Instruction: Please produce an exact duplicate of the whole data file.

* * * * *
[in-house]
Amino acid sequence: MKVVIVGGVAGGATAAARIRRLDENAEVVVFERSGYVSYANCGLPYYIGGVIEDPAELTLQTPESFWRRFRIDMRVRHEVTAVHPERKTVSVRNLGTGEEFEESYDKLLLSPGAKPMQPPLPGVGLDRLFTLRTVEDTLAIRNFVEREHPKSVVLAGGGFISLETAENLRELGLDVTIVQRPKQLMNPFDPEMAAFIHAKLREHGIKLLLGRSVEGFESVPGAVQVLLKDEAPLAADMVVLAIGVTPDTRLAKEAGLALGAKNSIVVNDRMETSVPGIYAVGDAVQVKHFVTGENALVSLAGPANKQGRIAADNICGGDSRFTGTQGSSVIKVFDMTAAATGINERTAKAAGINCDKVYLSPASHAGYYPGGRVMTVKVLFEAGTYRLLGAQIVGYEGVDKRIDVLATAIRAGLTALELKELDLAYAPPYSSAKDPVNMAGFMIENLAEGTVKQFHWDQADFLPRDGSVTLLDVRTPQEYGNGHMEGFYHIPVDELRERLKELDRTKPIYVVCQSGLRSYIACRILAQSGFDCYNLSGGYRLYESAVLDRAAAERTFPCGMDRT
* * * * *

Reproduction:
[in-house]
Amino acid sequence: MKVVIVGGVAGGATAAARIRRLDENAEVVVFERSGYVSYANCGLPYYIGGVIEDPAELTLQTPESFWRRFRIDMRVRHEVTAVHPERKTVSVRNLGTGEEFEESYDKLLLSPGAKPMQPPLPGVGLDRLFTLRTVEDTLAIRNFVEREHPKSVVLAGGGFISLETAENLRELGLDVTIVQRPKQLMNPFDPEMAAFIHAKLREHGIKLLLGRSVEGFESVPGAVQVLLKDEAPLAADMVVLAIGVTPDTRLAKEAGLALGAKNSIVVNDRMETSVPGIYAVGDAVQVKHFVTGENALVSLAGPANKQGRIAADNICGGDSRFTGTQGSSVIKVFDMTAAATGINERTAKAAGINCDKVYLSPASHAGYYPGGRVMTVKVLFEAGTYRLLGAQIVGYEGVDKRIDVLATAIRAGLTALELKELDLAYAPPYSSAKDPVNMAGFMIENLAEGTVKQFHWDQADFLPRDGSVTLLDVRTPQEYGNGHMEGFYHIPVDELRERLKELDRTKPIYVVCQSGLRSYIACRILAQSGFDCYNLSGGYRLYESAVLDRAAAERTFPCGMDRT